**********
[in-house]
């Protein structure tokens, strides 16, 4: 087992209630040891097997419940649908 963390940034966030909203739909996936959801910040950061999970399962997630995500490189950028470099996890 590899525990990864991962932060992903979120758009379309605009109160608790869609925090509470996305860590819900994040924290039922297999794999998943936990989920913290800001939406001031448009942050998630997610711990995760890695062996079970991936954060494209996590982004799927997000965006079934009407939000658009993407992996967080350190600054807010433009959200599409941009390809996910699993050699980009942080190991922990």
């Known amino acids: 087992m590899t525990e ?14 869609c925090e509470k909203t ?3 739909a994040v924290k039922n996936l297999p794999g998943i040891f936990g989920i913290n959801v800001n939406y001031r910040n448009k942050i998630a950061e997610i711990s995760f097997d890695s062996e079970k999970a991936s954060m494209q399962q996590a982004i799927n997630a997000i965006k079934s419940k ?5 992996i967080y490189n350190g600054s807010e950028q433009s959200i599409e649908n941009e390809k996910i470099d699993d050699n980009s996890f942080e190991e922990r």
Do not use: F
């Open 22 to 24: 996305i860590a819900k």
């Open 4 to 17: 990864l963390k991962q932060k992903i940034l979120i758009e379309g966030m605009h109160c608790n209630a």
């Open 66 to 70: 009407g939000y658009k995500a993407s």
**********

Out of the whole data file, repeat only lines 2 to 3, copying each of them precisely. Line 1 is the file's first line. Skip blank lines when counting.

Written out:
């Protein structure tokens, strides 16, 4: 087992209630040891097997419940649908 963390940034966030909203739909996936959801910040950061999970399962997630995500490189950028470099996890 590899525990990864991962932060992903979120758009379309605009109160608790869609925090509470996305860590819900994040924290039922297999794999998943936990989920913290800001939406001031448009942050998630997610711990995760890695062996079970991936954060494209996590982004799927997000965006079934009407939000658009993407992996967080350190600054807010433009959200599409941009390809996910699993050699980009942080190991922990």
């Known amino acids: 087992m590899t525990e ?14 869609c925090e509470k909203t ?3 739909a994040v924290k039922n996936l297999p794999g998943i040891f936990g989920i913290n959801v800001n939406y001031r910040n448009k942050i998630a950061e997610i711990s995760f097997d890695s062996e079970k999970a991936s954060m494209q399962q996590a982004i799927n997630a997000i965006k079934s419940k ?5 992996i967080y490189n350190g600054s807010e950028q433009s959200i599409e649908n941009e390809k996910i470099d699993d050699n980009s996890f942080e190991e922990r």